Why teach U.S. students literature from different countries? This is the fundamental question at the heart of this encounter.
And now for something completely serious.
I've scooped and / or referenced the Chimamanda Ngozi Adichie TED talk, Danger of a Single Story frequently.
In this article a college professor explores the negative reaction to this talk by one of her students.
What is truly interesting is that she provides the student's articulation of the offense he or she took at Adichie's premise. The student built a case that the talk's subtext was "anti-white." And then she provides her response.
Both are well-written in the sense that the vocabulary, sentence structure, and sharp focus upon their essential thesis statements are solid. Each relies upon building a case with extensive evidence.
And yet, after watching the speech and reading both the student's argument and the professor's rebuttal, I can not find a way to "agree to disagree." I would give the student credit for having made a sincere though flawed effort and for taking the risk to do so. But, I can not accept the student's core thesis. Beneath the quality wordsmanship, the argument does not float. Once the argument is made, there's no doubt that the student relies heavily upon his or her own preconceived notions that any critique made against his or her beliefs is a critique of all Caucasians. And once that false default assumption becomes the basis of criticism, it is apparently considered to be a viable argument that since there are philanthropic examples of Caucasian behavior that "all Caucasians" are being unfairly criticized. The argument that "some people" are imperfect and might do well to do some introspection lost on the student.
Had the student first conceded that there was no criticism directed at "all white people," and recognized that the argument was directed at ANYONE who only knows a single story about another group beside their own, there might have been a recognition that we are all imperfect in spite of the many good things we or others in our "group" may have done. That the good that others have done has no bearing upon whether we as individuals, individuals of any color, culture, gender, sexual preference, political, religious, or traditional practice might have some introspection to do when it comes to understanding others.
And on the ocassions, rare or otherwise, when we can't or won't look past our own default assumptions that we might need to revisit our opinions and understandings, too many of us are liable to fall victim to those of us who would control the stories we do hear. And it is then that we find ourselves acting on the assumptions that we could not be wrong about our beliefs ...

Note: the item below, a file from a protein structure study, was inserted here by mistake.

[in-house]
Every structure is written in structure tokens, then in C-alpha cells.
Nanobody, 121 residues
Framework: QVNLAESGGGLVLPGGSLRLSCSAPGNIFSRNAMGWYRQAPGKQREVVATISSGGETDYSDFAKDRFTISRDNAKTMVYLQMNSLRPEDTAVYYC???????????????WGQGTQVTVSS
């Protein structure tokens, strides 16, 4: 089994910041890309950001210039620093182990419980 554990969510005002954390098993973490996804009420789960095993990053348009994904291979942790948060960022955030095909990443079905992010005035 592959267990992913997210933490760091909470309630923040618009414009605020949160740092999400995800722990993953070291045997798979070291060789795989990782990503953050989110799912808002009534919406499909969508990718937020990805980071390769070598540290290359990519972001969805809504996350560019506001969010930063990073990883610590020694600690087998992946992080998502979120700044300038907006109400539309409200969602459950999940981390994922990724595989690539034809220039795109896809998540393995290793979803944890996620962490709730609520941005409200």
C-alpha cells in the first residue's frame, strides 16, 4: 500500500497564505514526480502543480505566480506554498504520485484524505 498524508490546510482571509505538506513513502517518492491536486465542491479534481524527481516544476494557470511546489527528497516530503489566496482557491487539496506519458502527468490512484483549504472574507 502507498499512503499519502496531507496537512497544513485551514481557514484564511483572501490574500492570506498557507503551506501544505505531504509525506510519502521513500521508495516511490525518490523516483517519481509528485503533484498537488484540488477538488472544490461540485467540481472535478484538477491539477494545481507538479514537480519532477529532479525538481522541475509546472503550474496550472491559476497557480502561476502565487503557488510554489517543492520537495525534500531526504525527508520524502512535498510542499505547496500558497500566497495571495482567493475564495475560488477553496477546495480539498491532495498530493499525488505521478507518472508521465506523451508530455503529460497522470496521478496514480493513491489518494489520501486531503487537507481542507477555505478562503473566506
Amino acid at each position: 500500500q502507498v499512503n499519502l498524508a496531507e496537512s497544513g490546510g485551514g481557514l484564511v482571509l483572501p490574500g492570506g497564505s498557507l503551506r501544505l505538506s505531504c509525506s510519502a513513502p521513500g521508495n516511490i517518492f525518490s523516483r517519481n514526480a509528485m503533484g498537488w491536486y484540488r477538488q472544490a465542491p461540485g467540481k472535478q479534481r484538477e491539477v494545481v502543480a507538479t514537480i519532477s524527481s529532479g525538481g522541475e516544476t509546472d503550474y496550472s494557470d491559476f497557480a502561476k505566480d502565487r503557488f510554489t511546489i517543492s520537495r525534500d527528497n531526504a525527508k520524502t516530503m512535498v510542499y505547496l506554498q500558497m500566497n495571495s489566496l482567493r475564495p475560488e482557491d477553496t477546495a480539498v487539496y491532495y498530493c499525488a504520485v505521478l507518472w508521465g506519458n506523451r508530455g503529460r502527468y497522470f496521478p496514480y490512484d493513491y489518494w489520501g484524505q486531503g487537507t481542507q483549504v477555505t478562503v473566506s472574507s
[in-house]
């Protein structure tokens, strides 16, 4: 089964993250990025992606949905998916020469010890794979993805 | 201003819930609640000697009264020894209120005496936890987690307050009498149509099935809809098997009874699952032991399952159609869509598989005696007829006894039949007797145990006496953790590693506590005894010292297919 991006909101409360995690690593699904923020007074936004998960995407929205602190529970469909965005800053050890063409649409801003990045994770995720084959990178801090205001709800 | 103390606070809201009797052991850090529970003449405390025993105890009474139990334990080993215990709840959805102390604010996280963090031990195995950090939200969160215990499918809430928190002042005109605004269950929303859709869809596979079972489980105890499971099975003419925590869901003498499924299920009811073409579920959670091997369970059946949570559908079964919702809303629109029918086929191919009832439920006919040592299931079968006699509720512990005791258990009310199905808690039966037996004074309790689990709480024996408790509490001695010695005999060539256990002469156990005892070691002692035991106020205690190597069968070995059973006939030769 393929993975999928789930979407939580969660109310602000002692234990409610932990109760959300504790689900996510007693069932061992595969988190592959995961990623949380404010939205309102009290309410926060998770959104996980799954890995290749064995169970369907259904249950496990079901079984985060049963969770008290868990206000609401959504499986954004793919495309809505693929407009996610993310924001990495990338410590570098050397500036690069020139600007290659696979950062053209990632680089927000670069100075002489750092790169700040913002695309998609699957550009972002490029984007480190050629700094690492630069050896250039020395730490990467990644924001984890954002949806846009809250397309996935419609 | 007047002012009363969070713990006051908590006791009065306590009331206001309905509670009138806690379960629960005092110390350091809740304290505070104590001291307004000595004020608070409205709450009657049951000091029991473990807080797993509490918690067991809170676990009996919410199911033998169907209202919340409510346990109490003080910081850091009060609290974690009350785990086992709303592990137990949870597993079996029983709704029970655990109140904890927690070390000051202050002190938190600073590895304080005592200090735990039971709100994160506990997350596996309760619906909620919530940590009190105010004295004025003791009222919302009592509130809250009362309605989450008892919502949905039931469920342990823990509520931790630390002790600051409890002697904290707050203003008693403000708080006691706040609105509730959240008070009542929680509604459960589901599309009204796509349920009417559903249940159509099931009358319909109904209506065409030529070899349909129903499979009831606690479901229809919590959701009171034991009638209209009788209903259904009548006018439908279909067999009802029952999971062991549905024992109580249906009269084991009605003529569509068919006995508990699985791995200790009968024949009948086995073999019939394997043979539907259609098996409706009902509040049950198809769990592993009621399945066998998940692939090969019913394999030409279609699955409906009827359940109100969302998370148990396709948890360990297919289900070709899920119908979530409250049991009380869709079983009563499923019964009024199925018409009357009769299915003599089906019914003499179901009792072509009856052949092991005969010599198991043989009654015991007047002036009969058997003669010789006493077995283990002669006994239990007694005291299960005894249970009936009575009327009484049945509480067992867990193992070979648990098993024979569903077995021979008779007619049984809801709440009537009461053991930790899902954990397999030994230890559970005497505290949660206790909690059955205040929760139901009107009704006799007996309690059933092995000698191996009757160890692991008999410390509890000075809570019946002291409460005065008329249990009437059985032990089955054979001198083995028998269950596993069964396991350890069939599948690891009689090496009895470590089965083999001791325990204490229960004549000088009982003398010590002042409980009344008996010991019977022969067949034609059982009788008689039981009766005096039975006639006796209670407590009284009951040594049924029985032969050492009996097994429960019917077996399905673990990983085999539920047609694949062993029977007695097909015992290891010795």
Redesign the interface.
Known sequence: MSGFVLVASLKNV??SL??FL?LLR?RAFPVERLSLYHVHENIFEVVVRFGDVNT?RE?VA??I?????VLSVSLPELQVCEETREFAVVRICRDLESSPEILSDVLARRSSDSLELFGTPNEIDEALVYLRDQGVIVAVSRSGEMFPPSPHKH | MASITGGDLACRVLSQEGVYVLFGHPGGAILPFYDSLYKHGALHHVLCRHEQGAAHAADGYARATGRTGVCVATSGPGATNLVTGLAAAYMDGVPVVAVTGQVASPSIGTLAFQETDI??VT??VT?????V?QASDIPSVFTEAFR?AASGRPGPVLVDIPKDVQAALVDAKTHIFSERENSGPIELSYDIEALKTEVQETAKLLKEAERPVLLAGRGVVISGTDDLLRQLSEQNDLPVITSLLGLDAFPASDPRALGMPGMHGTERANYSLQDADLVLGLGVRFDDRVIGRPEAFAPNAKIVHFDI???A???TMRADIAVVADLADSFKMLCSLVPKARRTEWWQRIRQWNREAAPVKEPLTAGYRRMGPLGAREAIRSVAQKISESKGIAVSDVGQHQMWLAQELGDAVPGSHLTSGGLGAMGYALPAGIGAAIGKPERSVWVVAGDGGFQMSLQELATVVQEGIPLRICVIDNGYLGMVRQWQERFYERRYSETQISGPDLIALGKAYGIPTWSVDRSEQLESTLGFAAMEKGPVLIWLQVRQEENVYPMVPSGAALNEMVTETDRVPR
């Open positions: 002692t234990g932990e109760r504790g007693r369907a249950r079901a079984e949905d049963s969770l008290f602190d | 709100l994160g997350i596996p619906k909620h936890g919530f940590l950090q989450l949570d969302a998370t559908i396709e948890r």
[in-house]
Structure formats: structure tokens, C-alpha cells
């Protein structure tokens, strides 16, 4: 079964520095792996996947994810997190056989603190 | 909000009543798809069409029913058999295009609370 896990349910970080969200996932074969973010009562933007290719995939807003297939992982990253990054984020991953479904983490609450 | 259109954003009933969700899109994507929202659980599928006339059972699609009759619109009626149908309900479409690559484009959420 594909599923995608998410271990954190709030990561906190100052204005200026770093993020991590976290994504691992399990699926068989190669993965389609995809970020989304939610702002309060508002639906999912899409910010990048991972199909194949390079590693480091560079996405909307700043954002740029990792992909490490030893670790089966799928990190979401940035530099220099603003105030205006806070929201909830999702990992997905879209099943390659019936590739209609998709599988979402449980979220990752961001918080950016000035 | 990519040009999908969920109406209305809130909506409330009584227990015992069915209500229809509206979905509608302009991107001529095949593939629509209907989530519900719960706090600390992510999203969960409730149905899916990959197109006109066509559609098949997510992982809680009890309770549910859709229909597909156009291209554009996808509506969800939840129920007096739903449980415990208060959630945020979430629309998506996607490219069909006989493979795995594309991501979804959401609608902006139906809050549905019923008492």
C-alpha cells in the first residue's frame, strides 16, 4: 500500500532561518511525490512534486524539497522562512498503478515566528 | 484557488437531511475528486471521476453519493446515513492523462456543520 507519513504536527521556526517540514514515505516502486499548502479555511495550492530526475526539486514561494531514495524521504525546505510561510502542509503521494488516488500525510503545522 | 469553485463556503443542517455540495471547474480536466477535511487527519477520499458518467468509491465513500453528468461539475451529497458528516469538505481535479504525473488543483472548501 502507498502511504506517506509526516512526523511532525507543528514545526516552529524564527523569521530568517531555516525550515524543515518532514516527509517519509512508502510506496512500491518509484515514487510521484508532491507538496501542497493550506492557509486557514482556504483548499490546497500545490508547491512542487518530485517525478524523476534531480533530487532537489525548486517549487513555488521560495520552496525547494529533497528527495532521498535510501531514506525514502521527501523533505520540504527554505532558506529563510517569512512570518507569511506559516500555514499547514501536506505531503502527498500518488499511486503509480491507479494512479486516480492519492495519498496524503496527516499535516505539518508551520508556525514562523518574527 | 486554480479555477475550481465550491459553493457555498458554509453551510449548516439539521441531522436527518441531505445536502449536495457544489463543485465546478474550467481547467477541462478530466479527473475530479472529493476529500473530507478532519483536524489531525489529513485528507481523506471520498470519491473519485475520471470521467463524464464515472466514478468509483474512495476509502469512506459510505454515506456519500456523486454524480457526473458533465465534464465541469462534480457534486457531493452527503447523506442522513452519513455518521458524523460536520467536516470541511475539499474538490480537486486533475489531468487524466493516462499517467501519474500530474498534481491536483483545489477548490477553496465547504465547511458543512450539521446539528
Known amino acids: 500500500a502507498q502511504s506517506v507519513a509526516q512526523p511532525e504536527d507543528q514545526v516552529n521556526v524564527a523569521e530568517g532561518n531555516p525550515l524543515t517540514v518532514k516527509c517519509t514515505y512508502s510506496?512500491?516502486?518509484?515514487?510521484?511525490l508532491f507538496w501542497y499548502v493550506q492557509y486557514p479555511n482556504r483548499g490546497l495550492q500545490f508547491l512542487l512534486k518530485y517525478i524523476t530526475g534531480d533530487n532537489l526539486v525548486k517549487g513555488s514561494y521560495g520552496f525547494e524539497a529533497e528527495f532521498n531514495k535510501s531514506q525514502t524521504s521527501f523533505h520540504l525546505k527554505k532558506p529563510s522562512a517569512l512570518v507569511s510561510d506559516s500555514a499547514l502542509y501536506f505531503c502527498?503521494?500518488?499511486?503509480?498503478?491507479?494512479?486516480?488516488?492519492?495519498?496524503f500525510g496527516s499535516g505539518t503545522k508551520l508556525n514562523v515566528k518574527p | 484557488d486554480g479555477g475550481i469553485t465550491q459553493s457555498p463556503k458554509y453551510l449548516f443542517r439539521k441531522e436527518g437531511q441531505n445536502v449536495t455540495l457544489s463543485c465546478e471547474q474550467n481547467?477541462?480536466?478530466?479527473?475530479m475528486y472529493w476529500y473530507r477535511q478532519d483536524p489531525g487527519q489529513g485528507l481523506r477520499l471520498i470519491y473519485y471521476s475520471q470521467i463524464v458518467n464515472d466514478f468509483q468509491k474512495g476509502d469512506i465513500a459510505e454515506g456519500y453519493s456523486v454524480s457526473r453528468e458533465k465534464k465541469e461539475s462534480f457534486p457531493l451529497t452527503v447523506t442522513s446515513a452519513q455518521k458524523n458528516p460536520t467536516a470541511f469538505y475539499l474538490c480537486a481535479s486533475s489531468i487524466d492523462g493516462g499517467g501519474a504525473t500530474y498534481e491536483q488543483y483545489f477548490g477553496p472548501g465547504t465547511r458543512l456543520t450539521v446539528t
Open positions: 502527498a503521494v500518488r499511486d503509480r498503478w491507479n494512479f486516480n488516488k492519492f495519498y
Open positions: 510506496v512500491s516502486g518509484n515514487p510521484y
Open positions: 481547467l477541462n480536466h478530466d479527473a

• that all Muslims are terrorist who believe that Islam teaching are violent
• that all media and money is controlled by Jews
• that all liberals are un-American
• that all conservatives are greedy
I'll let you fill in the rest...
• that all women are ________
• that all men are ________
• that all priests are _________
• that all non-procreative intimacy is __________
• that all television is ____________
• that all politicians are ____________
• that all beliefs other than my own are _________
• that all __________ are _________
Does one story prove that paper-based reading is vastly superior to digital reading? Or the reverse?
Multiculturalism and Global Awareness appear in BIG letters in Wordles made from works of 21st century educational reform.
In large part the Google Lit Trips project embraces the value of journeying beyond one's small corner of the world. As Atticus Finch went away to college Aunt Alexandra never left the landing; while Huck Finn left St. Petersburg and learned while Tom Sawyer stayed in St. Petersburg, leading Huck to realize that he had learned too much to go back to St. Peterburg with Tom who had learned virtually nothing about the cruelty of his society's default prejudices; and while readers read stories that allow them to virtually travel to towns, cultures, and countries far beyond their own, they're understanding broadens.
Xenophobia is challenged, egocentricism is perceived and in recognizing as an embarrassment that we "should have felt" before we discovered that all those Polish, blonde, Jew, Muslim, and gay jokes were much more hurtful than hilarious and that perhaps our individual points of view are neither at the center of the universe nor sufficiently well-informed to be considered incontrovertible trump cards in the game of life.
"Google Lit Trips" is the official business name of GLT Global ED, an educational nonprofit